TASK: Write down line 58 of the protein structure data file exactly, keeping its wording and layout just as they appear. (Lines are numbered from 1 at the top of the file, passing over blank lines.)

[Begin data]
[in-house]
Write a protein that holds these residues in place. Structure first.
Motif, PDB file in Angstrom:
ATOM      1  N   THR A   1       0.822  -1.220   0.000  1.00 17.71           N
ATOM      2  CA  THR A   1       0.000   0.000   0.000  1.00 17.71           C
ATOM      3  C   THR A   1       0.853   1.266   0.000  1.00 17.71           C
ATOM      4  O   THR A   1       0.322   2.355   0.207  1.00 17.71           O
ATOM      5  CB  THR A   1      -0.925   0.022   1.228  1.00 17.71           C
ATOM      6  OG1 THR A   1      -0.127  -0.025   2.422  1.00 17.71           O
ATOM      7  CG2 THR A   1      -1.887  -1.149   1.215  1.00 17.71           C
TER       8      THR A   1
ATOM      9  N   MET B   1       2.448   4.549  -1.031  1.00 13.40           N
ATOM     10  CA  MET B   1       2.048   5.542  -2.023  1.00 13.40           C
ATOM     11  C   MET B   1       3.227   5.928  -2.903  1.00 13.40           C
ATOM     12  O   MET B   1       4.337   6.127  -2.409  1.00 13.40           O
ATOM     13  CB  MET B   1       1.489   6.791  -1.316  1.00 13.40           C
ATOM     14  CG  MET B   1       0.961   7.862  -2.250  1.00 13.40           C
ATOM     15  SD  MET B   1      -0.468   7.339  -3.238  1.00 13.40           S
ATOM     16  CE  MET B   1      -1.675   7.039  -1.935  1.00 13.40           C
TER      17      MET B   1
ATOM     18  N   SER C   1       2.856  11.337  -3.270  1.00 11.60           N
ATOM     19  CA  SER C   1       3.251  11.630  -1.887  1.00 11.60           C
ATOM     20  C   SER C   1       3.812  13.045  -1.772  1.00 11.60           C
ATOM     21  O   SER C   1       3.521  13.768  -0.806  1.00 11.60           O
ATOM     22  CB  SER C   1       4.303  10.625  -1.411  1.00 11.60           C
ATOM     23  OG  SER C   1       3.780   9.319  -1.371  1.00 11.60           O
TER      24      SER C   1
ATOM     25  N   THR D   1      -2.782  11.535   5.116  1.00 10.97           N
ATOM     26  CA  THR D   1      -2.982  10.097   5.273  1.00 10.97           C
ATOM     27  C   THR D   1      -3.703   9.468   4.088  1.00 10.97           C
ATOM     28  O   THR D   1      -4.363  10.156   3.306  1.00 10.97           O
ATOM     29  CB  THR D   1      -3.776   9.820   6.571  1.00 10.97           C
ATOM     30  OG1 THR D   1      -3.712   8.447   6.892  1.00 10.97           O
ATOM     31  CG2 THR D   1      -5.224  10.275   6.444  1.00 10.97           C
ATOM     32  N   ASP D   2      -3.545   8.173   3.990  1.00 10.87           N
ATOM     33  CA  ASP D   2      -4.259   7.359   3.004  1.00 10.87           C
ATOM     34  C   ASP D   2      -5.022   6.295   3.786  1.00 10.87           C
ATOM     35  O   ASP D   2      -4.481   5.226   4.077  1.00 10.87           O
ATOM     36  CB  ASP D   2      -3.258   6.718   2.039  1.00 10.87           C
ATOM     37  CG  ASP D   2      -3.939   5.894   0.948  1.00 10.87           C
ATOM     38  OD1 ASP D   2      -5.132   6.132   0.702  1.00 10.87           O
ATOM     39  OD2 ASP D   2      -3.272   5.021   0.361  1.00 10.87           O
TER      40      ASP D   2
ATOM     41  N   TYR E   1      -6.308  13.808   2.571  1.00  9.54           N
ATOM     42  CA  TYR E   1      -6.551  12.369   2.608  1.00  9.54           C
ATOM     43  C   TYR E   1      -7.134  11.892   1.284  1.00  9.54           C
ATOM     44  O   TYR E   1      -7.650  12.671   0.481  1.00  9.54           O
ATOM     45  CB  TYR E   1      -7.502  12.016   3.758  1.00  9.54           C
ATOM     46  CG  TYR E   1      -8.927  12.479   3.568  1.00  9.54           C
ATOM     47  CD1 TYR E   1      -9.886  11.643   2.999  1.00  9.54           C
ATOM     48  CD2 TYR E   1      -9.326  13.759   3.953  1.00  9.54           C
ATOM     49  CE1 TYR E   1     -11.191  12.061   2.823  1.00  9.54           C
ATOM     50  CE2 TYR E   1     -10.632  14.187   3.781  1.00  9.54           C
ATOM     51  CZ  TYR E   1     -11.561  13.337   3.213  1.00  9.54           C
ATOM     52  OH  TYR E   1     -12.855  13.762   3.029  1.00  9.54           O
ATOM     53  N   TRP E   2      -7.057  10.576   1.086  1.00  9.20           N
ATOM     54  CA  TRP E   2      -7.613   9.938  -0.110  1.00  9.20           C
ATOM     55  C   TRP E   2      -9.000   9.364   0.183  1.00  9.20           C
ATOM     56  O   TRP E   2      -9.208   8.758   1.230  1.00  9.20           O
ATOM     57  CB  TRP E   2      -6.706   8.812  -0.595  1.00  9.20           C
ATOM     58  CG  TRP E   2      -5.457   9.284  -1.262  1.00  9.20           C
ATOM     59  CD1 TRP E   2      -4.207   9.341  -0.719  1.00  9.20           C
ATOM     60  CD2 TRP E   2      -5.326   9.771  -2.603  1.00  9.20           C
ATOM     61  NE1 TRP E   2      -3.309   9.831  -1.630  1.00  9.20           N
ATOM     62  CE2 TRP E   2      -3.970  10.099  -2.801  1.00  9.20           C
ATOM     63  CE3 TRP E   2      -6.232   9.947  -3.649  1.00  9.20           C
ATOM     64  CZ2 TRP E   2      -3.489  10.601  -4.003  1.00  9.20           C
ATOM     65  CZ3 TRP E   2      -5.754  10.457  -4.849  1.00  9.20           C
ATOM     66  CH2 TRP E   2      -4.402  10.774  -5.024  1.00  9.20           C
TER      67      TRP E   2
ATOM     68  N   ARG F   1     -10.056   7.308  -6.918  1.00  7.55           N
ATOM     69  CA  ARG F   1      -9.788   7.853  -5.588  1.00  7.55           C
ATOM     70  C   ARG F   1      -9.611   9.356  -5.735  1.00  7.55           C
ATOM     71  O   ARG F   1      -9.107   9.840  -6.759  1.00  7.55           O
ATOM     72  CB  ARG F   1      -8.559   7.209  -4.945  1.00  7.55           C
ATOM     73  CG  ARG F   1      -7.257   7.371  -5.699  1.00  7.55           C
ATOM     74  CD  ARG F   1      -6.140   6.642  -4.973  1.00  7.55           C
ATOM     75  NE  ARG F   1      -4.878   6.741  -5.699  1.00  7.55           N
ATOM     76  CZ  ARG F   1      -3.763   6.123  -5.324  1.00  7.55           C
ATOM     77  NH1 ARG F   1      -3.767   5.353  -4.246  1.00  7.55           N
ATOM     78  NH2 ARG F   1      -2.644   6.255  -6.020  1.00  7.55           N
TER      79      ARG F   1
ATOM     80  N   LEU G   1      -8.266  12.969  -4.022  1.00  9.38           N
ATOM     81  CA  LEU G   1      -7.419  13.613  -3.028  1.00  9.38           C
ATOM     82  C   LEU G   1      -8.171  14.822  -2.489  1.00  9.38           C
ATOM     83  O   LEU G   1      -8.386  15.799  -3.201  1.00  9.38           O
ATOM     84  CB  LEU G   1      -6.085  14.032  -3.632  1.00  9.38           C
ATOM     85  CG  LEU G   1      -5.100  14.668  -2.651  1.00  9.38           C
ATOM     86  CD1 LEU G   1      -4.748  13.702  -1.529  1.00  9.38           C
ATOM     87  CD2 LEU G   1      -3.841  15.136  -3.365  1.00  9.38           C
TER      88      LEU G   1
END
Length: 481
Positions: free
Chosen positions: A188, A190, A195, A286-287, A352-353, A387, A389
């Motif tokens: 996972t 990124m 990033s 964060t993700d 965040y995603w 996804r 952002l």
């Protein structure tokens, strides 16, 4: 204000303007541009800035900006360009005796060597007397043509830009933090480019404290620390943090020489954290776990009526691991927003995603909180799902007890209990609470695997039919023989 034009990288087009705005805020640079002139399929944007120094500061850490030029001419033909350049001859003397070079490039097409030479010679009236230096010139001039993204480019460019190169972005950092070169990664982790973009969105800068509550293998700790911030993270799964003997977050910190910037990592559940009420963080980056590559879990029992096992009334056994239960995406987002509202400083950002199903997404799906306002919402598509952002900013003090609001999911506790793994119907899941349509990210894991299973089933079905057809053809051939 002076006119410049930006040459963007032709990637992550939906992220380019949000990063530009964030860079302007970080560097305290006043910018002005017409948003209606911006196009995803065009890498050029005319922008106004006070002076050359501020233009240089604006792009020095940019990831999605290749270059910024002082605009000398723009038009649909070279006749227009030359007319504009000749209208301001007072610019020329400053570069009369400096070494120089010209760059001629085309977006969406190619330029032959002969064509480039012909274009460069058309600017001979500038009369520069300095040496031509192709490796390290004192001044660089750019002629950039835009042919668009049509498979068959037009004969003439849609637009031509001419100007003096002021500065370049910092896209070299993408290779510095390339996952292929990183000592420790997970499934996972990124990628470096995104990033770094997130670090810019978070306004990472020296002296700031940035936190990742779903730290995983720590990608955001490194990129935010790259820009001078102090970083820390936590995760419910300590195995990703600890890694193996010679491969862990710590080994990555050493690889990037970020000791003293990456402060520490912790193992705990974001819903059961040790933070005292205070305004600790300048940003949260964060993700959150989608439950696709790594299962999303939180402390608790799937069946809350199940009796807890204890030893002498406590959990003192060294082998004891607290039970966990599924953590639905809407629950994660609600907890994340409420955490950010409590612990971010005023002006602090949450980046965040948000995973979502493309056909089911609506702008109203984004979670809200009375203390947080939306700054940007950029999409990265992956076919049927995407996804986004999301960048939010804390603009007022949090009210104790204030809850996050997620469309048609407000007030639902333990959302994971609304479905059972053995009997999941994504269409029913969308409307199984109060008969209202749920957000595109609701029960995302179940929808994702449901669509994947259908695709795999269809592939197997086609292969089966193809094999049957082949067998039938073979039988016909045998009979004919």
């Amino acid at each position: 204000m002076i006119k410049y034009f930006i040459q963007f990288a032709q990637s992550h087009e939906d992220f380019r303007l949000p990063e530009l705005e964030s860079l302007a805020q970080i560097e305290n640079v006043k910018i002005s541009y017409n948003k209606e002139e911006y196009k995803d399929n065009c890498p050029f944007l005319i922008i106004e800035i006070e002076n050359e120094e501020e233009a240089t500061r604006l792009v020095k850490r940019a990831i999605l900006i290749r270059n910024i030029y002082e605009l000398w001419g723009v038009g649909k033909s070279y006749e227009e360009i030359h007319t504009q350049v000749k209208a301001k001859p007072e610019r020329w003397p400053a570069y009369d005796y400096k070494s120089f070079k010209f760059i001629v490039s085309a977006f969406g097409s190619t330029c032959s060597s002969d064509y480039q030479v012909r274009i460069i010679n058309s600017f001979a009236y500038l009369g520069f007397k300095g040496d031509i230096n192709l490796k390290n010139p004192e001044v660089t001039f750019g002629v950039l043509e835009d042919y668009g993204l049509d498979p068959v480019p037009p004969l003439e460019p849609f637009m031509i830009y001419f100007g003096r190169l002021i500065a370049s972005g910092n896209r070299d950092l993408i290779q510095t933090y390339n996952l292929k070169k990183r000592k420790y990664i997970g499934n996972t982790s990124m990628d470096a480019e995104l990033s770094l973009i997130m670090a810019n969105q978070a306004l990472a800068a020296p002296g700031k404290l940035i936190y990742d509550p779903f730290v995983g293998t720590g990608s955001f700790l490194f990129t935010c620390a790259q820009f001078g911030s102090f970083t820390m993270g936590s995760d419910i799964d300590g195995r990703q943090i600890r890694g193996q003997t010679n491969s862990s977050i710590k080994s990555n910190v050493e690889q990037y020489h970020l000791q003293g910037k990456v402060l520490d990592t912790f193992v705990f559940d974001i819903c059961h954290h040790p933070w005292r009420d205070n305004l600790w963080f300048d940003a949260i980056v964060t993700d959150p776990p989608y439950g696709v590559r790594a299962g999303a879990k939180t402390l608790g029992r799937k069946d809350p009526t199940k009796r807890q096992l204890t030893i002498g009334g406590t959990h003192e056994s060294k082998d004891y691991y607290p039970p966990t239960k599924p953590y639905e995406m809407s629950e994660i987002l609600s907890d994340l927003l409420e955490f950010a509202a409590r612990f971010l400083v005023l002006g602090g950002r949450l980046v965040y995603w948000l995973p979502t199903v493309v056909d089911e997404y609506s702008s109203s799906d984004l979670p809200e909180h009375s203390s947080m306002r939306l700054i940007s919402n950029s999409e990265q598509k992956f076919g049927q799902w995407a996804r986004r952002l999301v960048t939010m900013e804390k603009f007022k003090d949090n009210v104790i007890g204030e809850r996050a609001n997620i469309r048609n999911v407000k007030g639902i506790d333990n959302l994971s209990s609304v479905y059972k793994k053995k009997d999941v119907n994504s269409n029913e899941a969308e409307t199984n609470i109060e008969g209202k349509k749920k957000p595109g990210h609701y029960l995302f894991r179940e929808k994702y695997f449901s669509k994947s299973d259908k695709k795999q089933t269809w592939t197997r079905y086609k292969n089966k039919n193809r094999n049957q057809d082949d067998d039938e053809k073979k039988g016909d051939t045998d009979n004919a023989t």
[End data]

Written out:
ATOM     55  C   TRP E   2      -9.000   9.364   0.183  1.00  9.20           C